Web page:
Though Padre Pio was widely beloved, many weren’t convinced that the friar’s wounds were supernatural. Among the skeptics were two popes and the founder of Milan’s Catholic University of the Sacred Heart, Agostino Gemelli, who examined Padre Pio and concluded that the stigmatic was a “self-mutilating psychopath.”
Still, Padre Pio garnered a widespread following and was canonized by Pope John Paul II in 2002. Though Pio, who died in 1968, never confessed to faking his stigmata, questions about his honesty surfaced when it was revealed that he had copied his writings about his experiences from an earlier stigmatic named Gemma Galgani. He claimed ignorance of Galgani’s work, and could not explain how his allegedly personal experiences had been published verbatim decades earlier by someone else. Perhaps, he suggested, it was a miracle.
Is stigmata real?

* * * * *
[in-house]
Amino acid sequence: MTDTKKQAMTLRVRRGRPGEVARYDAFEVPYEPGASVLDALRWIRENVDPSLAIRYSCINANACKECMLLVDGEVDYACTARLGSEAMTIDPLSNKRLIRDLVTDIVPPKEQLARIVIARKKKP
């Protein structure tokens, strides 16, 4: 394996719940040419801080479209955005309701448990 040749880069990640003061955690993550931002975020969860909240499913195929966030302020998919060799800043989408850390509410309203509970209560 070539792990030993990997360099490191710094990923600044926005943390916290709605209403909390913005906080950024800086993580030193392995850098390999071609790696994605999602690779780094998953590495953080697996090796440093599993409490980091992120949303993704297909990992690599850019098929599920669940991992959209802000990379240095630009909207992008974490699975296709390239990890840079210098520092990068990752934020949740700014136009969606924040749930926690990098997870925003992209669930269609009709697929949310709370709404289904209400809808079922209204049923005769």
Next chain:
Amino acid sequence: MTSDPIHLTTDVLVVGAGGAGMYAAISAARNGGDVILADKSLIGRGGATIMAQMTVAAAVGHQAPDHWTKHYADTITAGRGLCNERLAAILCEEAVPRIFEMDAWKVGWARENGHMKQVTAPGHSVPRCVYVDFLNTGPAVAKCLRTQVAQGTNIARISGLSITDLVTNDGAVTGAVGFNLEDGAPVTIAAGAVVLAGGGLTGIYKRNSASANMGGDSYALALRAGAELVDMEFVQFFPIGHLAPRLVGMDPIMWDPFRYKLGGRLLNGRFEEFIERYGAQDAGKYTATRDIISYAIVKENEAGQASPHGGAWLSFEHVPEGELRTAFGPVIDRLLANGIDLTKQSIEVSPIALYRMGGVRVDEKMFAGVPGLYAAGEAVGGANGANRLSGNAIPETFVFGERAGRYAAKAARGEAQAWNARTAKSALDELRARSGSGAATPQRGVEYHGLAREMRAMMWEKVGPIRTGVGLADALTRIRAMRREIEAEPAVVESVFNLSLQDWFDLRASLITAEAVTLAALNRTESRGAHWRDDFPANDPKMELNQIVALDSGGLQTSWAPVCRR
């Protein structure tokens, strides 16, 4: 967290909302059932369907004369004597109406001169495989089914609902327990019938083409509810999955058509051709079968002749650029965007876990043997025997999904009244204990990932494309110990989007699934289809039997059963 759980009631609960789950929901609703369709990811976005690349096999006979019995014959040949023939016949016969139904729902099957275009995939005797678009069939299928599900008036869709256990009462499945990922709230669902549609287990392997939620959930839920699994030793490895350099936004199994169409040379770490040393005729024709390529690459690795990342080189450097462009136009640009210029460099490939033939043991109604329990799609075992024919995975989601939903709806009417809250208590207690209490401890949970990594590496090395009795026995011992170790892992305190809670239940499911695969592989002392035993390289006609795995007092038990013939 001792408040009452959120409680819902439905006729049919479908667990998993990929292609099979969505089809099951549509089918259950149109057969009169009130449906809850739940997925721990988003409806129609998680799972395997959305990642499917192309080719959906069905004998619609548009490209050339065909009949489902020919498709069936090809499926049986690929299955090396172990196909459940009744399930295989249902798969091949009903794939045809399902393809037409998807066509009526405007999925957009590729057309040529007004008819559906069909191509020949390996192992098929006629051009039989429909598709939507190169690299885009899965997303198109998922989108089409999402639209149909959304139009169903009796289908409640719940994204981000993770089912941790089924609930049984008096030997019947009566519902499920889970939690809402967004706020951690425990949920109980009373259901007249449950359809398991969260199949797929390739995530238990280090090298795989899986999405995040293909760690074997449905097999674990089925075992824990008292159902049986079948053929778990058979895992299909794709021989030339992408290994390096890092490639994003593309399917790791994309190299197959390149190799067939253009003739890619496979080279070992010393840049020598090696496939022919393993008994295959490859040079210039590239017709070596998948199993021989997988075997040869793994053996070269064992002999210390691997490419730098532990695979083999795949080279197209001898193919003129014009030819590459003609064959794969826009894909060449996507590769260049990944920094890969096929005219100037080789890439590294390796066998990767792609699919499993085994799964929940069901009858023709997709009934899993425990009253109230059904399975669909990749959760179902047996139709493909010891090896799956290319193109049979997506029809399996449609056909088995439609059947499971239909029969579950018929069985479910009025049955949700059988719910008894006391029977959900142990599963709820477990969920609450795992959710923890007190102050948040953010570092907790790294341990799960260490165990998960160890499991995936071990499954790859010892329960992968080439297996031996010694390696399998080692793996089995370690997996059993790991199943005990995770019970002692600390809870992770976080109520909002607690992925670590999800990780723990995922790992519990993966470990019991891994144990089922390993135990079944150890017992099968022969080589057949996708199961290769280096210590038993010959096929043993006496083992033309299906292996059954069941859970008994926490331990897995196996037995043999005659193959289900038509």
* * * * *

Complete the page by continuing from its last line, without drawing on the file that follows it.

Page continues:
So is stigmata real, or a hoax, or something in between? The claimed miracle of stigmata — like inedia, where people who claim not to eat food — is very difficult to scientifically verify. Veteran researcher James Randi, in his “Encyclopedia of Claims, Frauds, and Hoaxes of the Occult and Supernatural,” notes that “Since twenty-four-hour-a-day surveillance would be necessary to establish the validity of these phenomena as miracles, no case of stigmata exists that can be said to be free of suspicion,” and though the possibility of genuine stigmata can never be ruled out, “It is interesting to note that in all such cases, the wounds in the hands appear at the palms, which agrees with religious paintings but not with the actualities of crucifixion; the wounds should appear at the wrists.”